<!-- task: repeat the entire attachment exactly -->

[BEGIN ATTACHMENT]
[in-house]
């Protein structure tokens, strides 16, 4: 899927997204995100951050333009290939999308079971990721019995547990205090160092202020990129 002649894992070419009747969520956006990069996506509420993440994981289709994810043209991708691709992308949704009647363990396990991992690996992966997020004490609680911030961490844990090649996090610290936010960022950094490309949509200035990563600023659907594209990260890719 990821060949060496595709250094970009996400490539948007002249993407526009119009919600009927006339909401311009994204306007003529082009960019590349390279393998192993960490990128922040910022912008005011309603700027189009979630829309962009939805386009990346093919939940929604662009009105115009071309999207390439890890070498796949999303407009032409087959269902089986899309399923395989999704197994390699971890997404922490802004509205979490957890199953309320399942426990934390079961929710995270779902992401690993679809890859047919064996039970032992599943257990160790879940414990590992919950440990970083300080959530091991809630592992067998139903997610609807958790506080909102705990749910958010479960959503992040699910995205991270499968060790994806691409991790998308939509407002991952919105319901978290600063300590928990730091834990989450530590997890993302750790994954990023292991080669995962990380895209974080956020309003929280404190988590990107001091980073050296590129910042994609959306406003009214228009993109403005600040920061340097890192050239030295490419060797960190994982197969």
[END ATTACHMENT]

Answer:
[in-house]
């Protein structure tokens, strides 16, 4: 899927997204995100951050333009290939999308079971990721019995547990205090160092202020990129 002649894992070419009747969520956006990069996506509420993440994981289709994810043209991708691709992308949704009647363990396990991992690996992966997020004490609680911030961490844990090649996090610290936010960022950094490309949509200035990563600023659907594209990260890719 990821060949060496595709250094970009996400490539948007002249993407526009119009919600009927006339909401311009994204306007003529082009960019590349390279393998192993960490990128922040910022912008005011309603700027189009979630829309962009939805386009990346093919939940929604662009009105115009071309999207390439890890070498796949999303407009032409087959269902089986899309399923395989999704197994390699971890997404922490802004509205979490957890199953309320399942426990934390079961929710995270779902992401690993679809890859047919064996039970032992599943257990160790879940414990590992919950440990970083300080959530091991809630592992067998139903997610609807958790506080909102705990749910958010479960959503992040699910995205991270499968060790994806691409991790998308939509407002991952919105319901978290600063300590928990730091834990989450530590997890993302750790994954990023292991080669995962990380895209974080956020309003929280404190988590990107001091980073050296590129910042994609959306406003009214228009993109403005600040920061340097890192050239030295490419060797960190994982197969």